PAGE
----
This good brass switch key is from the Illinois Central Railroad. It dates from the early 1900s, approximately the 1920s-1940s.
It has ICRR stamped on one side of its bow in tall block letters. On the opposite side is stamped the letter "S" for switch, the serial number 71484 and an OVERSIZE mark of its maker ADLAKE. This larger mark is further documentation of the period it is from.
CONDITION is excellent with signs of use. The back side stamping shows wear from fingers, but the ICRR is strong and distinct. The ends of the bit and barrel are rounded.
The Illinois Central is one of the more fabled, famous American trains. Sometimes called the Main Line of Mid-America, it was one of the earliest Class I railroads in the U.S. It operated in the central United States, with its primary routes connecting Chicago, Illinois, to New Orleans, Louisiana, and Mobile, Alabama. An early line also connected Chicago with Sioux City, Iowa, and there was a significant branch to Omaha, Nebraska , west of Fort Dodge, Iowa, and another branch reaching Sioux Falls, South Dakota, starting from Cherokee, Iowa. Most people will think of it from the song "City of New Orleans" written by Steve Goodman in 1970 in honor of its famous name train.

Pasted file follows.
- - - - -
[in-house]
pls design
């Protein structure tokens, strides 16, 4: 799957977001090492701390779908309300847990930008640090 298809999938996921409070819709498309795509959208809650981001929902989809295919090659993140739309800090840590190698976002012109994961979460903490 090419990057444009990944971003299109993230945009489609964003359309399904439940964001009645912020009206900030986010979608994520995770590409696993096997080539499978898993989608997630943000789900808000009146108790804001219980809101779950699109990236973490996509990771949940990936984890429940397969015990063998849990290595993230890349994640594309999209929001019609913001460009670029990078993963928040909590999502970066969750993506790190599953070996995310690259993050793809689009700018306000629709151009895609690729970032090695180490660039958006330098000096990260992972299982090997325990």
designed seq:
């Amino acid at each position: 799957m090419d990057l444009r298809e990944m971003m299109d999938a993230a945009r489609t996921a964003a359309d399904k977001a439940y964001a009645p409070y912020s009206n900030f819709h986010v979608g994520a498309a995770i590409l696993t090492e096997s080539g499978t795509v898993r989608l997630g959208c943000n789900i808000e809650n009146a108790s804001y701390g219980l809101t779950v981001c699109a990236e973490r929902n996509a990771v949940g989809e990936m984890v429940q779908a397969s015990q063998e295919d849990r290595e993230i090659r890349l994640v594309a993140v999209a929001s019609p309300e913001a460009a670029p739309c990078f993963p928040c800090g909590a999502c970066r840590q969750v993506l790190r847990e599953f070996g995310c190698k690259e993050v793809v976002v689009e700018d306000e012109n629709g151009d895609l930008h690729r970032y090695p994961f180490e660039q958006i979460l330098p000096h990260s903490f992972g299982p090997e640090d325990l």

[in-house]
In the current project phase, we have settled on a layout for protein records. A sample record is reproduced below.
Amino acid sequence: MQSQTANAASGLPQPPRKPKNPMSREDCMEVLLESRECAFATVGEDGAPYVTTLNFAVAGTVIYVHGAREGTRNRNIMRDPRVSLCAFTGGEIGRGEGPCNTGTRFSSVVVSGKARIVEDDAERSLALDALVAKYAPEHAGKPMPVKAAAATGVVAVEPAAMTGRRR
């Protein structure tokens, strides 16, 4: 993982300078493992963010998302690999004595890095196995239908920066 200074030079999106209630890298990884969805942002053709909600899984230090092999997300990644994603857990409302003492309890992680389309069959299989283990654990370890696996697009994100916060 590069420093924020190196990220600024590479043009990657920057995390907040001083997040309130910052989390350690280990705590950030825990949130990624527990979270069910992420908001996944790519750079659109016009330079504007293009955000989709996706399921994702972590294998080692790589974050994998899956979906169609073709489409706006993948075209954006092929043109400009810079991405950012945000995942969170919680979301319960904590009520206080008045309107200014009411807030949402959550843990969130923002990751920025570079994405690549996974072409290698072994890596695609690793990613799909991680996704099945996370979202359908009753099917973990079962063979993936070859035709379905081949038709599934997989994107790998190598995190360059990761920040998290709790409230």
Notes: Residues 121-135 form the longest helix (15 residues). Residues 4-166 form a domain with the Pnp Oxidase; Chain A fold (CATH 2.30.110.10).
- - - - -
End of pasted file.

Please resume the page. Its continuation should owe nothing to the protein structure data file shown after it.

An interesting segment of the ICRR's history is that it was chartered by the Illinois General Assembly on February 10, 1851 after successful lobbying efforts by Senator Stephen Douglas and later Abraham Lincoln (who would later be elected President). Douglas owned land near the terminal in Chicago. Lincoln was a lawyer for the railroad. Upon its completion in 1856 the ICRR was the longest railroad in the world.
The IC ran for many years, beginning in 1851, until finally the Canadian National Railway acquired control of it in 1998.
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